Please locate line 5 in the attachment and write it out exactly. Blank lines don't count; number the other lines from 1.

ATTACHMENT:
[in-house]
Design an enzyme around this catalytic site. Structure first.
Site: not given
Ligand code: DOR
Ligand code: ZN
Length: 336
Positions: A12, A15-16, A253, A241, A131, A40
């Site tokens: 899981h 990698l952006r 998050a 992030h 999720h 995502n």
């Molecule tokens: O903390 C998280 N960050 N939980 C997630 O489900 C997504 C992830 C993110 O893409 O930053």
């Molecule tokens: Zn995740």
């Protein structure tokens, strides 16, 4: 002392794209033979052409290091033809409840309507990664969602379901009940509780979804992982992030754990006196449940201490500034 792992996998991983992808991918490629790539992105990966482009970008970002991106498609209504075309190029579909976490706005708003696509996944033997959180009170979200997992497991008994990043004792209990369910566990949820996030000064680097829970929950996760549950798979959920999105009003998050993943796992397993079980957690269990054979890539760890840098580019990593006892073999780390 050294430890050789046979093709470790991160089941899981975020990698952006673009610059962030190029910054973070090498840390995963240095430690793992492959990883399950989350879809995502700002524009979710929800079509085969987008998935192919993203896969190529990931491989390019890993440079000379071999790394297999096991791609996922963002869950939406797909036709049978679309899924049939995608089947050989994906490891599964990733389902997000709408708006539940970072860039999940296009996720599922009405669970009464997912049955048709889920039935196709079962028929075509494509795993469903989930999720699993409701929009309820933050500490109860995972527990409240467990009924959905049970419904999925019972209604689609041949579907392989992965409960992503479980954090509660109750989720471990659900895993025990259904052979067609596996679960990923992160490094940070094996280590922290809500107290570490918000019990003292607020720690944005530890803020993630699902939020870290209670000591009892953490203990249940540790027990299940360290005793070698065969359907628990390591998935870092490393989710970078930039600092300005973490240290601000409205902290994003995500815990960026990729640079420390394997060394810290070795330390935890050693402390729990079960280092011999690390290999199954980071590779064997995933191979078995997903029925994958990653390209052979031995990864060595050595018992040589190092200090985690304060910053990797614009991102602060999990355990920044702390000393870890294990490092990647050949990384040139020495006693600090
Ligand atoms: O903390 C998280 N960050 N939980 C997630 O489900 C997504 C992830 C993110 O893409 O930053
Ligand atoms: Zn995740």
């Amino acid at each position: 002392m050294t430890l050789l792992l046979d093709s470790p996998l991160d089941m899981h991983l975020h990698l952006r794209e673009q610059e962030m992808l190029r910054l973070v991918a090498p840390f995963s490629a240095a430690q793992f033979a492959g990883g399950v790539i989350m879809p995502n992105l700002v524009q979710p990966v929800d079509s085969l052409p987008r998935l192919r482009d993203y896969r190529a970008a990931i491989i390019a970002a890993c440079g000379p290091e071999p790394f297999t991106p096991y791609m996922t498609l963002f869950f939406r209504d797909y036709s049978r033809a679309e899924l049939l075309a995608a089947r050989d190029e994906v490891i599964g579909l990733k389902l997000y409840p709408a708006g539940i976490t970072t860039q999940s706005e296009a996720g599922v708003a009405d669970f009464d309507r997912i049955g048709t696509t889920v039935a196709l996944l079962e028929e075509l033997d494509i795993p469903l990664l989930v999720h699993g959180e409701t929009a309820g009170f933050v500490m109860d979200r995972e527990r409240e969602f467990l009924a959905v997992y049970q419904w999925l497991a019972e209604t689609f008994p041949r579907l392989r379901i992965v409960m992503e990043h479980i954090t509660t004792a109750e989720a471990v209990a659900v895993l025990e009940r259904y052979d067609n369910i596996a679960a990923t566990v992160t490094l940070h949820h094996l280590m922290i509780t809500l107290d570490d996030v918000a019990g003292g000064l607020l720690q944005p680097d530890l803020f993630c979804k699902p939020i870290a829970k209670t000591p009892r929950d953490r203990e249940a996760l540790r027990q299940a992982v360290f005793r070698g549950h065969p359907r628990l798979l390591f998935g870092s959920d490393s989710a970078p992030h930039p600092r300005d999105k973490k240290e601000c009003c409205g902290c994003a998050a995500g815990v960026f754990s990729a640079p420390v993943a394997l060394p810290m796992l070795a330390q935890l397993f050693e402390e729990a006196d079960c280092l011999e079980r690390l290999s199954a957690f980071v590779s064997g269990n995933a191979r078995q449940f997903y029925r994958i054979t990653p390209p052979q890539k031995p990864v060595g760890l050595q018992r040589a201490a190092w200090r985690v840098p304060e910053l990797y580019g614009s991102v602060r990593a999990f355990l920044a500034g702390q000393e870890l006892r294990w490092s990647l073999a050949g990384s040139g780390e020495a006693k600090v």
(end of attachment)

Ligand code: ZN